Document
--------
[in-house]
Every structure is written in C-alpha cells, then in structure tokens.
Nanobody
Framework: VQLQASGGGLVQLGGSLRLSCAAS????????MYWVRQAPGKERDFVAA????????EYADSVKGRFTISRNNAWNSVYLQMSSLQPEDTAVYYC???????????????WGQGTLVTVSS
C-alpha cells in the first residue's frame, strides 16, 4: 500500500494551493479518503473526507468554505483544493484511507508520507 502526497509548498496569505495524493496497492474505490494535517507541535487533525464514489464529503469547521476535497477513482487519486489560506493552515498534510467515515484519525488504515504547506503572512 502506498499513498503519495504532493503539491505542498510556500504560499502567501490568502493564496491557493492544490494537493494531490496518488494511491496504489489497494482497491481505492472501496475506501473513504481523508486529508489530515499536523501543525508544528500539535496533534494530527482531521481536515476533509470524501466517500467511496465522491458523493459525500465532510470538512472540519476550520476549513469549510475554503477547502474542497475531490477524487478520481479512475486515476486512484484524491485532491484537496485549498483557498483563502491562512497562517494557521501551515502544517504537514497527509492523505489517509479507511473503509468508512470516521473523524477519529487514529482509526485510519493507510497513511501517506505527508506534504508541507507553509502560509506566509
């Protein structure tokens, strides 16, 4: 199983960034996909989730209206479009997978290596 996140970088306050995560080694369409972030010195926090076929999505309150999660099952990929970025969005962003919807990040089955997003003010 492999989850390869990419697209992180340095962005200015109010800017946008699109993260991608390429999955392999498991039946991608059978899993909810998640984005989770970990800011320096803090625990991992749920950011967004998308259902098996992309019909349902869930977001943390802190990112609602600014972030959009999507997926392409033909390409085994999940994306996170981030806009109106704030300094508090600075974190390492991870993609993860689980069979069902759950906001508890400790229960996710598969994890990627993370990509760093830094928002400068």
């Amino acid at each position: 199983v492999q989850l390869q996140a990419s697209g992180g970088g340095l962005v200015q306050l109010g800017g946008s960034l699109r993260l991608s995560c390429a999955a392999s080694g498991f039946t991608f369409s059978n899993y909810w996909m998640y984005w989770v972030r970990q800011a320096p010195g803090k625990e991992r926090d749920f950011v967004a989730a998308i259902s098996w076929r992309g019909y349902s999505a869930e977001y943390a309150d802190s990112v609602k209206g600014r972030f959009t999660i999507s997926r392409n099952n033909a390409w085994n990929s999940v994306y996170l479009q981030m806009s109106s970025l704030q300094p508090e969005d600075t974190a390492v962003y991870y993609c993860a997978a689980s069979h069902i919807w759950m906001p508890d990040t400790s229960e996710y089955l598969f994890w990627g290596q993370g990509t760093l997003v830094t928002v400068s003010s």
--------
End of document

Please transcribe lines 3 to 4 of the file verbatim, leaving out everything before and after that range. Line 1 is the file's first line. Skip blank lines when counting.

Nanobody
Framework: VQLQASGGGLVQLGGSLRLSCAAS????????MYWVRQAPGKERDFVAA????????EYADSVKGRFTISRNNAWNSVYLQMSSLQPEDTAVYYC???????????????WGQGTLVTVSS